May on whistle-stop European tour in a bid to win Brexit concessions
December 11 2018 12:22 PM
British Prime Minister Theresa May and Dutch Prime Minister Mark Rutte
British Prime Minister Theresa May and Dutch Prime Minister Mark Rutte


British Prime Minister Theresa May embarked Tuesday on a tour of European capitals in a last-minute bid to win Brexit concessions after cancelling a pivotal vote on the deal in the British parliament amid fear of a landslide defeat.

Early Tuesday, May met with Dutch Prime Minister Mark Rutte in The Hague. The Netherlands is a traditionally close ally of Britain, but Rutte had signalled ahead of time that there was little prospect of renegotiation.

 From there she was due to travel to Berlin for talks with German Chancellor Angela Merkel, before heading to Brussels for meetings with European Council President Donald Tusk and European Commission President Jean-Claude Juncker.

Brussels has insisted that it will not renegotiate the withdrawal agreement, a 585-page legal text negotiated with London detailing the terms of Britain's departure from the European Union. It was endorsed by EU leaders last month.

However, there are signs that the 27 remaining member states are willing to look at ways of helping May get the deal through parliament.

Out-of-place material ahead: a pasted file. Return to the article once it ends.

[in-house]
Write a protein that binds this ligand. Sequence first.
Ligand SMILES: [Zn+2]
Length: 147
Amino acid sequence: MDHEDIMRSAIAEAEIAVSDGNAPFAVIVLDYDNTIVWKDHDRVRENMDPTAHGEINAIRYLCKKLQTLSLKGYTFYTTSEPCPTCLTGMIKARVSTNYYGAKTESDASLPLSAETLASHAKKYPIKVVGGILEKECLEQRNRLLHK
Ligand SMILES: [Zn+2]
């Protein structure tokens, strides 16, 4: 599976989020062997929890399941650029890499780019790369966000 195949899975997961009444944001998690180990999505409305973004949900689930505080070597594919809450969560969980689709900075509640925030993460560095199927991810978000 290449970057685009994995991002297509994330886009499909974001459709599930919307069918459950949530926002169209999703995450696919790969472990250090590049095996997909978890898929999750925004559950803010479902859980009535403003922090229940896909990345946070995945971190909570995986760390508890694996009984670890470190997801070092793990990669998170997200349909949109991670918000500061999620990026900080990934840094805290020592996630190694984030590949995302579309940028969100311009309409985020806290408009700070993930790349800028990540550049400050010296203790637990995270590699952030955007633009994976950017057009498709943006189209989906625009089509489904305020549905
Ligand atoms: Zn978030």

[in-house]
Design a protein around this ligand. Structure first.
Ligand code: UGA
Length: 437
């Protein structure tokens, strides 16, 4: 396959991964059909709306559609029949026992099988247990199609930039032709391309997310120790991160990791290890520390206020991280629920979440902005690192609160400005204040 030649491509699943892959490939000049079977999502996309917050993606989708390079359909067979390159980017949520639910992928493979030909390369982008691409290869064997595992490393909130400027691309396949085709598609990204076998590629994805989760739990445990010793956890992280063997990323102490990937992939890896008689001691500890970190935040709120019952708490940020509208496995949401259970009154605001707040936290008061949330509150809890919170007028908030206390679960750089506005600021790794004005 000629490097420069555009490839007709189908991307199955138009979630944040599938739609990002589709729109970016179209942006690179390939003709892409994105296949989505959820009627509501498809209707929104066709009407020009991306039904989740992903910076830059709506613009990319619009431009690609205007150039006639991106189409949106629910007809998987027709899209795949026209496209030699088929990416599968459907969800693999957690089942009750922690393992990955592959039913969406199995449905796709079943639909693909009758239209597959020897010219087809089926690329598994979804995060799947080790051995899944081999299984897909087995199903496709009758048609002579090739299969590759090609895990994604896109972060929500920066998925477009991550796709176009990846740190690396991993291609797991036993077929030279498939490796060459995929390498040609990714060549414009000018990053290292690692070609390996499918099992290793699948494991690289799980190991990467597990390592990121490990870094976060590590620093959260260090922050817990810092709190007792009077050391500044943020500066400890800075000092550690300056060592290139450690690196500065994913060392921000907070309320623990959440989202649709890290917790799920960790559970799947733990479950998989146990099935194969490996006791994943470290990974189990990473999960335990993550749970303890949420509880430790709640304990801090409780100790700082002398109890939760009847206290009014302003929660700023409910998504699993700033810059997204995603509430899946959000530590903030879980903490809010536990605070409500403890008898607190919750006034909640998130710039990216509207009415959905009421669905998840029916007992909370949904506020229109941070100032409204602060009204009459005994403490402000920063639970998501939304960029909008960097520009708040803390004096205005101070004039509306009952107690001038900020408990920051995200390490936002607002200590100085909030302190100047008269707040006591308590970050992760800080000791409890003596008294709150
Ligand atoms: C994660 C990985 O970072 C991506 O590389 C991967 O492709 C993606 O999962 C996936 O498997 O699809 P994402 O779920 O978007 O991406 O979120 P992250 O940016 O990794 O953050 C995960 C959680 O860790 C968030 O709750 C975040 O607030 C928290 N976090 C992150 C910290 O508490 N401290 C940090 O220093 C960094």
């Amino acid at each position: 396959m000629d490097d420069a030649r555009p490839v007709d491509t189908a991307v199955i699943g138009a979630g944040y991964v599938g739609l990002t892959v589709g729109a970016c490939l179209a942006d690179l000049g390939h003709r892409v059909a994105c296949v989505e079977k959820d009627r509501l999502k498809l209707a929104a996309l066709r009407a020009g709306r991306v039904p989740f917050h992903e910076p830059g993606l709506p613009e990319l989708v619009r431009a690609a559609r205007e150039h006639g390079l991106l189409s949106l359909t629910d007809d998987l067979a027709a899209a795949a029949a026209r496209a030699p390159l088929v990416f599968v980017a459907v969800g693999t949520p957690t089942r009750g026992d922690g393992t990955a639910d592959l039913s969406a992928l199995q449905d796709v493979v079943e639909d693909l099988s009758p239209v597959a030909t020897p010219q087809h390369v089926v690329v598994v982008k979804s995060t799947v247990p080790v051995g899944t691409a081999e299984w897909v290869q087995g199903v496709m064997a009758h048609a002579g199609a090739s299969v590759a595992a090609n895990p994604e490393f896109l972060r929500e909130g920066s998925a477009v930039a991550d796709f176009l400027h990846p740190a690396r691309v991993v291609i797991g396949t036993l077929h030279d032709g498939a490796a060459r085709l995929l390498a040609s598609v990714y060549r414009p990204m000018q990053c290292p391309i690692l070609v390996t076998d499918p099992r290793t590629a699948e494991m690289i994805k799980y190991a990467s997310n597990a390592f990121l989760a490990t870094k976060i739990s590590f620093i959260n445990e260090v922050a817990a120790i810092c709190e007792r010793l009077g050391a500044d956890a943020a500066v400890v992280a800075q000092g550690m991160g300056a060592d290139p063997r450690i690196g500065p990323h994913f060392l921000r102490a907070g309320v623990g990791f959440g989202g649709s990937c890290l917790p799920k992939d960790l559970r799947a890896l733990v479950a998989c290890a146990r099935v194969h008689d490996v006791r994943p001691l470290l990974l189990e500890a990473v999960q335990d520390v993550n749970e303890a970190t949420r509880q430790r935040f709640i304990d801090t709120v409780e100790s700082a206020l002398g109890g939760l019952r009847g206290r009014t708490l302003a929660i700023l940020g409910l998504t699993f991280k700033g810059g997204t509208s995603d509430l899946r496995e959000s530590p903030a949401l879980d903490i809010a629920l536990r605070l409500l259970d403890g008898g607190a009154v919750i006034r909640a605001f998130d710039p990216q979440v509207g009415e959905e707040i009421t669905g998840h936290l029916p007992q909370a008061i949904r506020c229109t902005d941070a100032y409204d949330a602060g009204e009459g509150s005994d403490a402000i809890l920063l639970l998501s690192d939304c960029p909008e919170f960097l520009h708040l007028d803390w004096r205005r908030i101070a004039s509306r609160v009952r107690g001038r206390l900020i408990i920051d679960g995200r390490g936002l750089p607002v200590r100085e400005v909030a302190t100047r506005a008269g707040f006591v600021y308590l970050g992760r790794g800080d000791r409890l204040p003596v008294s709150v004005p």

Time is running short to finalize the Brexit deal, with Britain set to leave the EU on March 29, 2019.

On Monday, Tusk had said that the EU ‘will not renegotiate the deal, including the backstop, but we are ready to discuss how to facilitate UK ratification.’   ‘The deal we have achieved is he best deal possible. It is the only deal possible. There is no room whatsoever for renegotiation,’ Juncker added, speaking to EU lawmakers on Tuesday.

 ‘But of course there is room, if used intelligently (...) to give further clarification and further interpretations without opening the withdrawal agreement,’ he said.

 One of the biggest issues in Britain is the so-called backstop - provisions that ensure no hard border will emerge between the Republic of Ireland and Northern Ireland, which will leave the EU along with Britain.

 There are fears that a return to border controls could reignite decades-old tensions in Northern Ireland.

 But hard-line eurosceptics worry that the backstop could keep Britain locked in to a close relationship with the EU, while the provisions would treat Northern Ireland differently from the rest of the United Kingdom.

May has argued that the backstop is unlikely to be used, as the aim is to negotiate a future trade and political relationship with the EU before it could come into effect.

 ‘We have a common determination to do everything to be not in a situation one day to use that backstop. But we have to prepare it,’ Juncker said. ‘It is necessary for the entire coherence of what we have agreed with Britain, it it is necessary for Ireland.’   ‘Ireland will never be left alone,’ he added.

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